New York State is the national leader in the effort to end HIV/AIDS, with the goal of ending the epidemic in the state by 2020. Thanks to the hard work of health care providers and community advocates, and the leadership of Gov. Andrew Cuomo, what once seemed like an ambitious goal is now within reach. The New York City Department of Health and Mental Hygiene recently reported that 2017 HIV diagnoses were down to a record low of 2,157. Though this progress is encouraging, the rate of reduction is slowing down, from an 8.6 percent decline in new diagnoses in 2016 to 5.4 percent in 2017. We need to double down on our efforts and bring resources to communities most heavily affected by the epidemic, particularly communities of color.
In observing National Black HIV/AIDS Awareness Day (Feb. 7), we know that there remains an urgent need to address the disproportionate rate of HIV in Black communities. Nationally, if current diagnosis rates persist, one in two Black gay and bisexual men will be diagnosed with HIV during their lifetimes. Black women account for approximately 60 percent of all women living with HIV in the U.S. In New York City in 2016, 65 percent of new HIV diagnoses among men were gay and bisexual men of color. Among women in NYC newly diagnosed with HIV, over 90 percent were Black or Latina. Black transgender women have the highest rates of HIV and are three times more likely to be living with HIV than white or Latina women.
Medicaid special needs health plans (SNPs) are specifically designed to address the needs of individuals living with or at higher risk for HIV. These specialized health plans have a successful track record of helping people living with HIV access treatment to become virally suppressed or “undetectable,” which means they are unable to transmit HIV to others. SNPs also have the expertise to connect HIV-negative individuals to effective prevention methods to help them stay negative, such as pre-exposure prophylaxis (PrEP) and post-exposure prophylaxis (PEP).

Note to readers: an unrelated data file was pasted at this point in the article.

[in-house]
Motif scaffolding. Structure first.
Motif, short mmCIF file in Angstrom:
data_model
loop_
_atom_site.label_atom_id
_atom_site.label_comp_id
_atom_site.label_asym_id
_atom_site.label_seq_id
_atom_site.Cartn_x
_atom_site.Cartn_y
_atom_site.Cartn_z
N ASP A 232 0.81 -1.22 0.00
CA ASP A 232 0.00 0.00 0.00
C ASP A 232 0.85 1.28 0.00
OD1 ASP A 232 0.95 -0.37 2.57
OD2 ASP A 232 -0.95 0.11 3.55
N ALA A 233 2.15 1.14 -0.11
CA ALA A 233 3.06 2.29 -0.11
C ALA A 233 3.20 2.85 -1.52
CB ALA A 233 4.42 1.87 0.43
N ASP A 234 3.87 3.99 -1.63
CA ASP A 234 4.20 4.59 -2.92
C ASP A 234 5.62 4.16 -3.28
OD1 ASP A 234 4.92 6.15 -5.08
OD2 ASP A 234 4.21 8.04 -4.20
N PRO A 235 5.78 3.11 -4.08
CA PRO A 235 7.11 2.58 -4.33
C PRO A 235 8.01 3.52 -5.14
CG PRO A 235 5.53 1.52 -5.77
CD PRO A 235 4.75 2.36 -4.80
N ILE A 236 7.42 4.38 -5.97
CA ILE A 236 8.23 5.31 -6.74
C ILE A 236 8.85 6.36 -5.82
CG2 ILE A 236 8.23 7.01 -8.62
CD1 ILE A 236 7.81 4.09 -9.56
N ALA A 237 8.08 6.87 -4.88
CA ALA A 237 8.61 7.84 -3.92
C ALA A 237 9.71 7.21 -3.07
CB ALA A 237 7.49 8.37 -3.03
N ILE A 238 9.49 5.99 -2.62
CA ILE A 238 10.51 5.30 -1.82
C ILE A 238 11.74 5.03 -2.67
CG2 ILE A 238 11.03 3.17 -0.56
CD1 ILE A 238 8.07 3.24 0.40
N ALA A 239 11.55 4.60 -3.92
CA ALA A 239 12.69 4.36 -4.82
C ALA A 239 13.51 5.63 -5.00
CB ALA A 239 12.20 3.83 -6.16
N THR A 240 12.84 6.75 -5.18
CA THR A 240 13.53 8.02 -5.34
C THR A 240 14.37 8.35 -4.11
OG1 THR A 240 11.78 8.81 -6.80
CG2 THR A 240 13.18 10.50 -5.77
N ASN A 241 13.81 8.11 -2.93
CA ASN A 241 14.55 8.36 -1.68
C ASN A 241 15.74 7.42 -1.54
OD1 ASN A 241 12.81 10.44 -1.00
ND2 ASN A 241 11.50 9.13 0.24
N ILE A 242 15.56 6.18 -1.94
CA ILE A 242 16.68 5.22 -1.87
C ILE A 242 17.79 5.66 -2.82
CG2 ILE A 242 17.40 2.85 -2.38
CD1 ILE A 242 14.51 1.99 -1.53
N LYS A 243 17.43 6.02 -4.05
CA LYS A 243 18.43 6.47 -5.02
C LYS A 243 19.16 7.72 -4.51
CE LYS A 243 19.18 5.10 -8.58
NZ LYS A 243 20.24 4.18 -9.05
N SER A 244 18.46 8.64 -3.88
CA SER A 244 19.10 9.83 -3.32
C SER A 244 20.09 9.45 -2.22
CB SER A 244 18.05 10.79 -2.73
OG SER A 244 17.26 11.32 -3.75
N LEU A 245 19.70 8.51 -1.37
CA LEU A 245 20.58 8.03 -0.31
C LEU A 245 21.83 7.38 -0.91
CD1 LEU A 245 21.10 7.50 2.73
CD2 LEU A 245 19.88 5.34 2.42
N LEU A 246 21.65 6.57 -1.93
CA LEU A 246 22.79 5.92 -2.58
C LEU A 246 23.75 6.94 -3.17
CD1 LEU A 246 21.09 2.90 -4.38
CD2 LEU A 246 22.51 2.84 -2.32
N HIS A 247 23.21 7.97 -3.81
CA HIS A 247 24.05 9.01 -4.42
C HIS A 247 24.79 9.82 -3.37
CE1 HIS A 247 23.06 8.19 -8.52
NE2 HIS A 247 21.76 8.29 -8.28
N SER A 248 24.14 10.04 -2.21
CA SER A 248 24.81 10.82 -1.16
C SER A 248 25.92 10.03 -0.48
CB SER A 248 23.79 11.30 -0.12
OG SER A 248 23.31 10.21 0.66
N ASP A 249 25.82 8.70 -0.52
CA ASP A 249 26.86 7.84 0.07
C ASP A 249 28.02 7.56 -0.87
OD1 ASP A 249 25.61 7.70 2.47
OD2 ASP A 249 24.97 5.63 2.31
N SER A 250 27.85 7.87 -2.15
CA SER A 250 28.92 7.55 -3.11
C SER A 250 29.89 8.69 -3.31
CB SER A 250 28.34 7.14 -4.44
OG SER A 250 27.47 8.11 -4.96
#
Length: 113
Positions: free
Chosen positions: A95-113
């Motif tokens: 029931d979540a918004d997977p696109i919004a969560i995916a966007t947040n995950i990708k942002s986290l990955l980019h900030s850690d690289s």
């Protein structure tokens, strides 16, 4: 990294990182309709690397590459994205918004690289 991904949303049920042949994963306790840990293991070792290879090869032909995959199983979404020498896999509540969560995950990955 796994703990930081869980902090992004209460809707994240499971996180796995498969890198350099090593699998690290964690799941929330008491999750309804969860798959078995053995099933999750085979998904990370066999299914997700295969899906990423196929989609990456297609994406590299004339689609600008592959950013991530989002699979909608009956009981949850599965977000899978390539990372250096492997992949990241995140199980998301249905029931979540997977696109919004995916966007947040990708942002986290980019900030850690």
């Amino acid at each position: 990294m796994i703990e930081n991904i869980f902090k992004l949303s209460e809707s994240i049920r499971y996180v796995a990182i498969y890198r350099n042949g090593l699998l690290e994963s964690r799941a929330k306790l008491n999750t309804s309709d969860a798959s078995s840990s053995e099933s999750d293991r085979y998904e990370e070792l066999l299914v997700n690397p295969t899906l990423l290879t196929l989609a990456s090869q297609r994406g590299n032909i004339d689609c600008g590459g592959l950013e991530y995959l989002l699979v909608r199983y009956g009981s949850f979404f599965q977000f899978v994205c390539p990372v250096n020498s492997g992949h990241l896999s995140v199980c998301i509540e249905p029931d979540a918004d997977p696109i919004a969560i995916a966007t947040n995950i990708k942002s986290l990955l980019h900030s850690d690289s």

The state’s “Blueprint to End the HIV/AIDS Epidemic” by 2020 lists men having sex with men (MSM), people of transgender experience, women of color, HIV-negative partners in sero-discordant couples (where one person is HIV negative and the other is HIV positive), and injection drug users as populations at higher risk for HIV. Of these populations, only HIV-negative transgender individuals are currently eligible to enroll in SNPs.
PrEP is more than 90 percent effective in preventing HIV transmission. In New York state, a disproportionately high number of Medicaid recipients taking PrEP (37 percent) are white MSM, yet Black and Latino MSM are hit hardest by the epidemic. SNPs provide community-level, individualized care coordination and sexual health services that will help HIV-negative Black and Latinx New Yorkers access PrEP, sexual health education and health resources.
SNPs also focus on social determinants of health such as housing instability, food insecurity and poverty. As the president and CEO of the National Black Leadership Commission on AIDS, Inc., I know first-hand that SNPs like Amida Care work closely with a wide range of community-based organizations to connect people to care and supportive services.
Expanding SNP eligibility is an important and productive step we can take toward reaching our goal of Ending the Epidemic by 2020. With less than two years to go, there’s no time to waste. We must prioritize reaching communities of color today and open SNPs to all populations at higher risk for acquiring HIV.
C. Virginia Fields is the former Manhattan Borough President and the president and CEO of the National Black Leadership Commission on AIDS, Inc. (NBLCA).